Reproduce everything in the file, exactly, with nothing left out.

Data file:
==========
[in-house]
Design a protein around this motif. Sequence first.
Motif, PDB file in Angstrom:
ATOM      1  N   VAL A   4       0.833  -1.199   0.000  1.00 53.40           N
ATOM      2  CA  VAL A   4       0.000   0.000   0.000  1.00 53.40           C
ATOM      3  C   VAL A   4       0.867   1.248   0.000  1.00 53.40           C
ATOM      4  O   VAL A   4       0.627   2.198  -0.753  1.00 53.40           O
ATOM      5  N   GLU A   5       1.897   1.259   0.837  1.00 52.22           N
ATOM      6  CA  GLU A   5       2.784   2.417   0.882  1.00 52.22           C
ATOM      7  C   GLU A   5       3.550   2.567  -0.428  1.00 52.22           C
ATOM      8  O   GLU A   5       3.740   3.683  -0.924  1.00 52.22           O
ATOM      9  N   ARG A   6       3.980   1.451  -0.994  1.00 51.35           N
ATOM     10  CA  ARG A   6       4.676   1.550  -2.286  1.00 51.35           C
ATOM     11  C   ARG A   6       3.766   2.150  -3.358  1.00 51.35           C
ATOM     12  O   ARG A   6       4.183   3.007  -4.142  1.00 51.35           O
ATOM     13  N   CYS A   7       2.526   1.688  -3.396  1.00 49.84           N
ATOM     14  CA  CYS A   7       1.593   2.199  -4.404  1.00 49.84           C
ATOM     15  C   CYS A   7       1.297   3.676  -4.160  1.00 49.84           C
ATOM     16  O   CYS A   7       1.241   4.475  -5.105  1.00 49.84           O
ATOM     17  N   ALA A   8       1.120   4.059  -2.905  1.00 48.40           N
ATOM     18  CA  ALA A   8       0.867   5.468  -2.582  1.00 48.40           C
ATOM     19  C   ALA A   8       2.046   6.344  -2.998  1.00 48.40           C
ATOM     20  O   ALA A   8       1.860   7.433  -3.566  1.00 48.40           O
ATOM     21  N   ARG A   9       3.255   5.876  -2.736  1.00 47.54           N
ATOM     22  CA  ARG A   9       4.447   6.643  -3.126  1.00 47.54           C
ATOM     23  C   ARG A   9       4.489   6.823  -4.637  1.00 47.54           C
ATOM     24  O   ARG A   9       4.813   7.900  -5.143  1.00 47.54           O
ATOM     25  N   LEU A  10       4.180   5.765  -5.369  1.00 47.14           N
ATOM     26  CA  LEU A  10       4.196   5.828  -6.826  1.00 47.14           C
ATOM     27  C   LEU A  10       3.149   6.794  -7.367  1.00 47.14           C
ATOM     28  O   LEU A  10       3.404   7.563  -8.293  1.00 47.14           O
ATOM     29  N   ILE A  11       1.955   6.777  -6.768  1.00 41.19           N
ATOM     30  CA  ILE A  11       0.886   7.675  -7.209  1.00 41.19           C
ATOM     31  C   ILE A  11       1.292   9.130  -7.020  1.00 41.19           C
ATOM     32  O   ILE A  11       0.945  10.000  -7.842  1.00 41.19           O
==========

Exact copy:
[in-house]
Design a protein around this motif. Sequence first.
Motif, PDB file in Angstrom:
ATOM      1  N   VAL A   4       0.833  -1.199   0.000  1.00 53.40           N
ATOM      2  CA  VAL A   4       0.000   0.000   0.000  1.00 53.40           C
ATOM      3  C   VAL A   4       0.867   1.248   0.000  1.00 53.40           C
ATOM      4  O   VAL A   4       0.627   2.198  -0.753  1.00 53.40           O
ATOM      5  N   GLU A   5       1.897   1.259   0.837  1.00 52.22           N
ATOM      6  CA  GLU A   5       2.784   2.417   0.882  1.00 52.22           C
ATOM      7  C   GLU A   5       3.550   2.567  -0.428  1.00 52.22           C
ATOM      8  O   GLU A   5       3.740   3.683  -0.924  1.00 52.22           O
ATOM      9  N   ARG A   6       3.980   1.451  -0.994  1.00 51.35           N
ATOM     10  CA  ARG A   6       4.676   1.550  -2.286  1.00 51.35           C
ATOM     11  C   ARG A   6       3.766   2.150  -3.358  1.00 51.35           C
ATOM     12  O   ARG A   6       4.183   3.007  -4.142  1.00 51.35           O
ATOM     13  N   CYS A   7       2.526   1.688  -3.396  1.00 49.84           N
ATOM     14  CA  CYS A   7       1.593   2.199  -4.404  1.00 49.84           C
ATOM     15  C   CYS A   7       1.297   3.676  -4.160  1.00 49.84           C
ATOM     16  O   CYS A   7       1.241   4.475  -5.105  1.00 49.84           O
ATOM     17  N   ALA A   8       1.120   4.059  -2.905  1.00 48.40           N
ATOM     18  CA  ALA A   8       0.867   5.468  -2.582  1.00 48.40           C
ATOM     19  C   ALA A   8       2.046   6.344  -2.998  1.00 48.40           C
ATOM     20  O   ALA A   8       1.860   7.433  -3.566  1.00 48.40           O
ATOM     21  N   ARG A   9       3.255   5.876  -2.736  1.00 47.54           N
ATOM     22  CA  ARG A   9       4.447   6.643  -3.126  1.00 47.54           C
ATOM     23  C   ARG A   9       4.489   6.823  -4.637  1.00 47.54           C
ATOM     24  O   ARG A   9       4.813   7.900  -5.143  1.00 47.54           O
ATOM     25  N   LEU A  10       4.180   5.765  -5.369  1.00 47.14           N
ATOM     26  CA  LEU A  10       4.196   5.828  -6.826  1.00 47.14           C
ATOM     27  C   LEU A  10       3.149   6.794  -7.367  1.00 47.14           C
ATOM     28  O   LEU A  10       3.404   7.563  -8.293  1.00 47.14           O
ATOM     29  N   ILE A  11       1.955   6.777  -6.768  1.00 41.19           N
ATOM     30  CA  ILE A  11       0.886   7.675  -7.209  1.00 41.19           C
ATOM     31  C   ILE A  11       1.292   9.130  -7.020  1.00 41.19           C
ATOM     32  O   ILE A  11       0.945  10.000  -7.842  1.00 41.19           O